Category Archives: Cookbooks

Make the Most of Summer

Here In Franklin’s Table has been sadly neglected. It probably would’ve just faded away if not for Nimpipi and her funny comments about it. So from Franklin to New Delhi, this is for you.

I don’t know of any two vegetables that say Tennessee summer louder than yellow squash and tomatoes. I know you can buy them all year ’round, but you shouldn’t. Let the potatoes rule in winter, give summer to the yellow squash and tomatoes.

Here’s a meal that makes the most of summer.

Grilled Mediterranean Chicken

(from this fabulous cookbook–you should get one if you’re always looking for new chicken ideas)

1/2 cup olive oil

1/3 cup balsamic vinegar

1 medium onion, chopped (white or yellow, not red)

6 cloves garlic, minced

2 good-sized ripe tomatoes

1/4 teaspoon dried red pepper flakes

1 tablespoon chopped fresh oregano or 1 teaspoon dried

1/2 teaspoon salt and pepper

Combine all these ingredients. Put half in a nonaluminum bowl or shallow dish and half in a small sauce pan.

Add chicken pieces of your choice–the recipe calls for 1 whole chicken, cut up, but I don’t think there’s enough marinade for that. I use this amount for four thighs.

An aside on chicken parts–if you make this with boneless, skinless breasts, then you have no soul.

Coat the chicken with the marinade and refrigerate for 2-4 hours. Turn the chicken every now and then.

Yum. Raw chicken.

Remove the chicken from the fridge 30 minutes before cooking. Fire up the grill and cook the chicken, skin side down, for a couple of minutes. Baste and then turn when it’s got good color. Cook on side two for a couple of minutes and then move off hottest part of the grill. Baste and cover. Keep and eye on it. Cook for about 20 minutes in all (for thighs), basting and turning 2-3 times. If it seems like it’s not getting done, move back to hottest part of the grill.

While this going on, heat the reserved marinade on the stove. Let it simmer. In 10-15 minutes you’ll have a nice thick sauce.

Grilled Squash

Young yellow squash doesn’t need to be peeled. If you see a spot that’s a little brown, just cut it away.

Cut off both ends of the squash and then cut it into chunks and put in an aluminum baking pan. Drizzle with olive oil and sprinkle with fresh dill, kosher salt, black pepper and grated parmesan. Add two or three pats of butter. Give it a good stir and put the pan on the grill with your chicken. It should be tender in about 15 minutes–just test with a fork.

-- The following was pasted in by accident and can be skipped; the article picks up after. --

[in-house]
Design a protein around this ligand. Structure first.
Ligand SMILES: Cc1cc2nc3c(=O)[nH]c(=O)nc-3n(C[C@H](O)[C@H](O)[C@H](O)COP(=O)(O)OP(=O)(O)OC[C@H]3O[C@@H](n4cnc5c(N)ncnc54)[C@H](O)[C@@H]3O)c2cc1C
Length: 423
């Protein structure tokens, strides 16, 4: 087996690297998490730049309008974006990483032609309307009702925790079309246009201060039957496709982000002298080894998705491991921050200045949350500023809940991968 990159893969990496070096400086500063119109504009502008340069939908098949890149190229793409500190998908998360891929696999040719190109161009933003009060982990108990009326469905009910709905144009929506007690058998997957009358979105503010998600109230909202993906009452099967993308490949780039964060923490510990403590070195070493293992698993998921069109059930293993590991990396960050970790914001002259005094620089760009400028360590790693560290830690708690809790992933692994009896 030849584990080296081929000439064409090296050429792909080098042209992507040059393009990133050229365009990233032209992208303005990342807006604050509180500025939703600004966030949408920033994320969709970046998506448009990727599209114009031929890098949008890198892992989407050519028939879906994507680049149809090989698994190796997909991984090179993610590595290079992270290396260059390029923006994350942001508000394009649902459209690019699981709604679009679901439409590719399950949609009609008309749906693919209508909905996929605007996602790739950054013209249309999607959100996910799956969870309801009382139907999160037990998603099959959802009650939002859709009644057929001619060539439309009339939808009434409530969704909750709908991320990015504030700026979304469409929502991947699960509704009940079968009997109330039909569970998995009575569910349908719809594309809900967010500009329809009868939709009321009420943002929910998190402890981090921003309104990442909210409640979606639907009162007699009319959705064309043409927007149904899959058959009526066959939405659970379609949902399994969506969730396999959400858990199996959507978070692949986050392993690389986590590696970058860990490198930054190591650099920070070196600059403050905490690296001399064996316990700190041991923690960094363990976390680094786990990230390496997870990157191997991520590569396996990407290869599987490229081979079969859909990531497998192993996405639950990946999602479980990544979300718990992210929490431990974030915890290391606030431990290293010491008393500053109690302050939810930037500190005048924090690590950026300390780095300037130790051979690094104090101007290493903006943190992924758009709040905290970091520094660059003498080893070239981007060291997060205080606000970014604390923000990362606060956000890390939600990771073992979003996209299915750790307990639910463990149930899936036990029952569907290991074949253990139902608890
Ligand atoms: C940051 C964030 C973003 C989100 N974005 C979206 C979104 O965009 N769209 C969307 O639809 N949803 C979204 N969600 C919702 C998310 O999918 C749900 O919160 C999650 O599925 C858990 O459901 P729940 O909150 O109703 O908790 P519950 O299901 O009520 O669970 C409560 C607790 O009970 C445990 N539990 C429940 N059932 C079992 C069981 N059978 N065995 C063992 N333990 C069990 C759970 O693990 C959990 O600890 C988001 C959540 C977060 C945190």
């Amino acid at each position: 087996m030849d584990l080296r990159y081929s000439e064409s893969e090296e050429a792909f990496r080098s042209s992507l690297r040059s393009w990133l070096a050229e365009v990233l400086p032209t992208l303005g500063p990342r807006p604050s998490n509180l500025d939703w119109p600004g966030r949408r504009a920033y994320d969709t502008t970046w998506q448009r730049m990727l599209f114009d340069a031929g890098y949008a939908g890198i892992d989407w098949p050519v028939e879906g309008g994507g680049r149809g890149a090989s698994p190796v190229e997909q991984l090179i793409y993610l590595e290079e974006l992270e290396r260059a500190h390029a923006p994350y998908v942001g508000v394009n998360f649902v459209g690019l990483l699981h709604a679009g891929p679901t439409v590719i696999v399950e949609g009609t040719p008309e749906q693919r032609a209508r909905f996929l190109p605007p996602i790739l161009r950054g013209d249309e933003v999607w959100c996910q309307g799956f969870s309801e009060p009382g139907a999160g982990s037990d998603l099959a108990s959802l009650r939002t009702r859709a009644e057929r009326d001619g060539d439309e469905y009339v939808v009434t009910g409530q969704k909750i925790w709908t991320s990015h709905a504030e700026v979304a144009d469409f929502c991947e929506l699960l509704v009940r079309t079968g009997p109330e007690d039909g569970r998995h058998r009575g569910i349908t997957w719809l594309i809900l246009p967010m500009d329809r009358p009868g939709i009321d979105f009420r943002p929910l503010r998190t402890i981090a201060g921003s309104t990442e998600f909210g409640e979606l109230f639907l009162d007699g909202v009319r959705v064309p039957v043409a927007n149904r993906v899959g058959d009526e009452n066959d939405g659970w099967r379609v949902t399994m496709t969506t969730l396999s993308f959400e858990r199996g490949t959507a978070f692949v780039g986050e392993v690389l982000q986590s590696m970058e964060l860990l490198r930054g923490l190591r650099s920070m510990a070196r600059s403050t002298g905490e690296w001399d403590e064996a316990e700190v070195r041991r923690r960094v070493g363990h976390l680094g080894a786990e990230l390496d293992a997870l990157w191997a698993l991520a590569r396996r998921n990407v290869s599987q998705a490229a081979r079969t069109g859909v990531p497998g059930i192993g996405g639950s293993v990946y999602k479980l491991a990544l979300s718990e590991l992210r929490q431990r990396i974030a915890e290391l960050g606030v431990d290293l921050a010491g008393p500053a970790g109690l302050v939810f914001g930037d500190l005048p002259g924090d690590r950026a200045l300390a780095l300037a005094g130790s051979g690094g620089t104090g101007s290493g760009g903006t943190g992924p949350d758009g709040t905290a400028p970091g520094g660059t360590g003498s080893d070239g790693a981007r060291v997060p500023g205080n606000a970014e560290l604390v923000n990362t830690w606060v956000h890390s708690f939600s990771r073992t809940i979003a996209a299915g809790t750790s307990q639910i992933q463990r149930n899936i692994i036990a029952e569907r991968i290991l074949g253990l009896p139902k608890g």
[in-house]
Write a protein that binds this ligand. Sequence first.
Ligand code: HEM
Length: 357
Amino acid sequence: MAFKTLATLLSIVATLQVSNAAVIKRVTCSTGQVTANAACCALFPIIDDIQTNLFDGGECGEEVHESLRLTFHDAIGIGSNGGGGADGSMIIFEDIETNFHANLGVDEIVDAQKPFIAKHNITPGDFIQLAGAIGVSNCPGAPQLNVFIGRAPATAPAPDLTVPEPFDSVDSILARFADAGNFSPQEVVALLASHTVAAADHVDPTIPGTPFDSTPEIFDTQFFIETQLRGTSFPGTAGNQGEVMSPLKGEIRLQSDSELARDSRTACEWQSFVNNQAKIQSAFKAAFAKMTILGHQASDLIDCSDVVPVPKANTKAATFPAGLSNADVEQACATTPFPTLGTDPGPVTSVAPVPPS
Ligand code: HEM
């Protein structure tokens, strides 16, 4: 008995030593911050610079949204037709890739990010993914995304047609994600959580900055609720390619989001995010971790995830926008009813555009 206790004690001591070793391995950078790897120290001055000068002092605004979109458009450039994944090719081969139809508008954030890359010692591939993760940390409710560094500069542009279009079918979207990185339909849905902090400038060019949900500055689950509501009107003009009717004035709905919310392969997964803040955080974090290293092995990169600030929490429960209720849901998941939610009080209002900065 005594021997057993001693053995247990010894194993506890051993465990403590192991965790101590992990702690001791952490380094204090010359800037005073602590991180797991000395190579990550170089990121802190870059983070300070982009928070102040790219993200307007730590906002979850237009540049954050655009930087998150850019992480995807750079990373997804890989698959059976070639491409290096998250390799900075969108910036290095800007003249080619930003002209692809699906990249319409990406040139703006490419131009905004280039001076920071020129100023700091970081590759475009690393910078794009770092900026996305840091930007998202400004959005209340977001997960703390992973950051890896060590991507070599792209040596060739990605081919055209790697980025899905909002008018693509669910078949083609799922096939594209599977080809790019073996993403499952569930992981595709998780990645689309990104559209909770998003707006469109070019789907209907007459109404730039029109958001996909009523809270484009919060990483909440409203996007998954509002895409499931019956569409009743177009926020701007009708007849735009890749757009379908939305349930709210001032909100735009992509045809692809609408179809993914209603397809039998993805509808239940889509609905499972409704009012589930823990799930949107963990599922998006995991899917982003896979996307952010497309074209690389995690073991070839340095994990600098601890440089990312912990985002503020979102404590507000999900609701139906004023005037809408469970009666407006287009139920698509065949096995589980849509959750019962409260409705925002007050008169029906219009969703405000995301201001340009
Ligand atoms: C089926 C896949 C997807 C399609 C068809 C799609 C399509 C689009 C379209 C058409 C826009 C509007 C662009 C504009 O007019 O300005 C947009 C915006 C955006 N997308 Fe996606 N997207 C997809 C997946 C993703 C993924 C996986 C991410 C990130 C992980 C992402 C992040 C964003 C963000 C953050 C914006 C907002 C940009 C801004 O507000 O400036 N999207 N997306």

Here’s the finished plate:

It’s not the prettiest, but can I just say that it tasted amazing. Oh, we had blackberry cobbler for dessert:

So that’s what’s cooking  here in Franklin today. The tomatoes, squash and blackberries were all bought at the local farmer’s market and here’s the recipe for the cobbler.

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I Really Like Dirty Books

No…not that kind of dirty book.

I mean books that are physically dirty–spashed with olive oil. Smeared with whole grain dijon mustard. Dappled with red wine.

What I’m talking about are cookbooks. Here are a few of mine:

my cookbooks

I have to admit that there are a couple on the shelves that have barely been opened. They’re mostly on the bottom. Some were well meaning gifts. Some were mistakes of my own. They’re the clean cookbooks. The ones that I imagine saying “pick me, pick me” everytime I cast my eye their way.

Look carefully and you’ll see the trends I fell for.

I went through the blackened phase created by cajun chef Paul Prudhomme. I have a couple of his books. Once glance and it’s easy to see why he weighs a few hundred pounds more than he should–every recipe has AT LEAST 2 sticks of butter in it.

I went through the Silver Palate era in the 80s when formerly unheard of ingredients finally made their way to Little Rock where we were living at the time.

I’m still in the Barefoot Contessa’s orbit…mostly because her recipes are really, really good. But she’s another one with a liberal hand when it comes to butter and cream.

Those trends come and go…but some recipes are constant, like these two for grilled chicken.

 seaside chicken

tomato chicken ii And here’s one I’ve been making for 20 years. It’s from an old Junior League cookbook called Southern Sideboards. Say what you will about the League, but they sure know how to cook. Or at least their kitchen help does.

shish kabob

 If you spill something on your favorite recipe, don’t worry about it. It’s a badge of honor–a sure sign that whatever’s under those splashes and splotches is sure to be good.

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